2) The Law of Cycles

The world exists in alternating cycles of manifestation and rest. Every evolutionary motion is followed by a period of rest, in which energy is gathered for the next motion. The cycle consists of what is called the Arc of Descent, or the movement of spirit into matter, and the Arc of Ascent, or the movement of matter into spirit. These cycles are akin to the in and out of the breath, as the Universe folds itself into manifestation and releases into consciousness. In Hinduism, they correspond to the Days and Nights of Brahma, in which the Universe is dreamed into existence when Brahma sleeps, but disappears upon the god's awakening. (Judge, p. 3)

3) Progressive Unfoldment of Consciousness

All things are evolving to greater levels of consciousness, be they mineral, plant, animal, human, planets, suns, solar systems, galaxies or universes. As all things are enbued with the one essence, so that single essence seeks ever higher expression. This corresponds to the idea of "climbing the Tree of Life" in Kabbalism (Jewish mysticism), in which all things are working, consciously or not, towards the attainment of the next sephiroth, the next rung on the ladder of evolution of consciousness.

4) Karma and Reincarnation

This principle derives out of Hinduism and Buddhism, and holds that all beings deserve their fate through their choices and actions. This is a cosmic law of cause and effect. It is an impersonal law that operates similarly to the law of gravity, not subject to interference by human or God. All choices and actions determine the conditions of life not only in this incarnation, but in future incarnations as well. This concept leads to an emphasis on morality, as all choices will have a result, so it is in one's self-interest to treat others as they would be treated. It is through the principle of Karma, enacted and fulfilled through multiple lives, that the evolving soul is purified and transformed.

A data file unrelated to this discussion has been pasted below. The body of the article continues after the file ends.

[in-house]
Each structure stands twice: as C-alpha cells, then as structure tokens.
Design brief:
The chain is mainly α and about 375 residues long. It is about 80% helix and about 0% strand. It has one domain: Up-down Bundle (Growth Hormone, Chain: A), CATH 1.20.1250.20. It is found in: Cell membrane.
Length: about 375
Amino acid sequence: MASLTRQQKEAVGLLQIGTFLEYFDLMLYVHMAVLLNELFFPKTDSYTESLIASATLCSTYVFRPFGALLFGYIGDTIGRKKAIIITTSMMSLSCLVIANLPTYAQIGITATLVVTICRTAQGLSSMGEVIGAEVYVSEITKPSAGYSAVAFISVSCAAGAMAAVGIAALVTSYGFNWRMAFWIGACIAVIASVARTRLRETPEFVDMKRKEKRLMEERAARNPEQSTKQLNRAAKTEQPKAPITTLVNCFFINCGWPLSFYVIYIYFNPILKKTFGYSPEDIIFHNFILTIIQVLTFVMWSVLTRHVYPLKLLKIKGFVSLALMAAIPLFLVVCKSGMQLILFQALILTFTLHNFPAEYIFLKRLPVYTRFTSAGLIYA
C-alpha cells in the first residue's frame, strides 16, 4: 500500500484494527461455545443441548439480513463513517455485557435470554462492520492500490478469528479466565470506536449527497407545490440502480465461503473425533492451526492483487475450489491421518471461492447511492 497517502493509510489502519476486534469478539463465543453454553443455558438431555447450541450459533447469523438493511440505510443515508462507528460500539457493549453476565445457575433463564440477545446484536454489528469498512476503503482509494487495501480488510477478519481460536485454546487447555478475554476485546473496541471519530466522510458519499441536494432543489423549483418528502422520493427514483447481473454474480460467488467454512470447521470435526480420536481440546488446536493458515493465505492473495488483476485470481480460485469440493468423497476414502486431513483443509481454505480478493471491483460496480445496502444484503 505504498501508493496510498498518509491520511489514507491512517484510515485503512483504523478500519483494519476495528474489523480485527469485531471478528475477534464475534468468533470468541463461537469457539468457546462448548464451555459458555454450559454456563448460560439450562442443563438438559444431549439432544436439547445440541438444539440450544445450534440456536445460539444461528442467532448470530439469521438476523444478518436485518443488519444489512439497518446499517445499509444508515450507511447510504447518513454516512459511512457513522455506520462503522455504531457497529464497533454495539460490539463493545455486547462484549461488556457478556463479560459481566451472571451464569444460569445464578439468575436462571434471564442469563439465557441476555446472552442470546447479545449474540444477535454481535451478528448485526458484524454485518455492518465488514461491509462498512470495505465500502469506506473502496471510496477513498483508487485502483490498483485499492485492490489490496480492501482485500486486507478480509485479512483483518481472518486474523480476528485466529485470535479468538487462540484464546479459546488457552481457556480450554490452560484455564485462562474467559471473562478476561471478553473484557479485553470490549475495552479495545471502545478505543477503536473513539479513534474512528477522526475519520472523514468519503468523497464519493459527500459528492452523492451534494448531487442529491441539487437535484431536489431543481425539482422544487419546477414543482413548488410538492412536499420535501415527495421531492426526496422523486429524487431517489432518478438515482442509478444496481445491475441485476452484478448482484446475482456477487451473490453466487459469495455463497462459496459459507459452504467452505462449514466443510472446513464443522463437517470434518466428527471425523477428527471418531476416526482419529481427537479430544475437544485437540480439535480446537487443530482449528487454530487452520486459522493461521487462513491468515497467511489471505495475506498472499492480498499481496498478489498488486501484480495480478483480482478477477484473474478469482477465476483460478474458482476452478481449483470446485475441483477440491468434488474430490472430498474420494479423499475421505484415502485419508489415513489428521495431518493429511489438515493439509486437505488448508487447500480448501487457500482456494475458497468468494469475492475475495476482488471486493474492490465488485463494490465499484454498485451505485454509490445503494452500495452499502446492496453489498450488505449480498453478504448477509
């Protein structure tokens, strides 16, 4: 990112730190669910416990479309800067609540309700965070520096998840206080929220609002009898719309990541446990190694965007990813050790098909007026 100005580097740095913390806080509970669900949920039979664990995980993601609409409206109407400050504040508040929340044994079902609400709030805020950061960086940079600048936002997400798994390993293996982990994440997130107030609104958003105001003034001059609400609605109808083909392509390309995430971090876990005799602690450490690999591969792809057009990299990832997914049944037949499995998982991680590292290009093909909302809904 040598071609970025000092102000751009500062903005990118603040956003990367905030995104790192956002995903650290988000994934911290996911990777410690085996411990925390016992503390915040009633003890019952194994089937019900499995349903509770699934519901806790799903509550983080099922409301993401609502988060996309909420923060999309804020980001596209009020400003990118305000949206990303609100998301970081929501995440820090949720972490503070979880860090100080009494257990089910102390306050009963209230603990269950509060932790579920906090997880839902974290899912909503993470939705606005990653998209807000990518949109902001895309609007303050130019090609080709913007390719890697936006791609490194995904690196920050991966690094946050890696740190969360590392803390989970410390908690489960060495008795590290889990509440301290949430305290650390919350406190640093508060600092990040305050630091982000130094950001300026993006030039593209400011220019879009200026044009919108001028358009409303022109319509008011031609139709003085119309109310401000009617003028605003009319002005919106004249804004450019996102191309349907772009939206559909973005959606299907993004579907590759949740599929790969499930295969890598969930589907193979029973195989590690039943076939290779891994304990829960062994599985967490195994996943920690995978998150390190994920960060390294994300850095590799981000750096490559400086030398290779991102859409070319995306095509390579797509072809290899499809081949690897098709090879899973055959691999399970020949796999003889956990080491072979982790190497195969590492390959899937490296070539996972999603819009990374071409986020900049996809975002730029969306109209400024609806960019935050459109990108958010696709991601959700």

5) Personal Responsibility

As we saw in the preceding concept, ethics and altruism is emphasized as in one's own best interest. This principle is seen in some form in all religions, and is summed up in Christianity as the Golden Rule, and in Judaism as Hillel's admonition to "do not to that which you would not have others do unto you." Ethics is seen as a means to awaken the higher self. This precept is radically egalitarian, as each individual is considered to have equal access to inner wisdom, without need to rely on priests or intermediaries. Universal brotherhood is based on the holism of the Universe. It is each individual's responsibility to do their part in helping the Universe to evolve through working on their own personal evolution. There is no separation between self and others, so that service is seen as an opportunity for personal growth and evolution through willing sacrifice. This concept is widespread in the New Age movement. (Farthing, p. 4)

6) Worlds within Worlds

The One manifests in multiple forms on infinite scales. The Universe is seen as an endless series of interpenetrating and interacting levels. This idea is very similar to the Four Worlds of the Kabbalah, in which each world has its own Tree of Life, and inside of each sephiroth is another tree, in an infinite regress. This idea of a multi-layered cosmos is also found in Gnosticism and Mystic Christianity. (Anon. p.4)

7) Analogy

Because of the unitary nature of the Universe, the same laws apply throughout the whole cosmos. "As Above, So Below, but like unto another manner." The same general principles permeate the Universe. Humanity is the Microcosm to God's Macrocosm. It is this principle of correspondence that allows humanity to come to know the nature of God through self-knowledge. This concept is found in all traditional forms of mysticism, although it is modified in Buddhism, which does not acknowledge the existence of a deity or a self. In Buddhism, one can come to know the true nature of reality, apart from samsara (or illusion) by turning within.

8) Hierarchy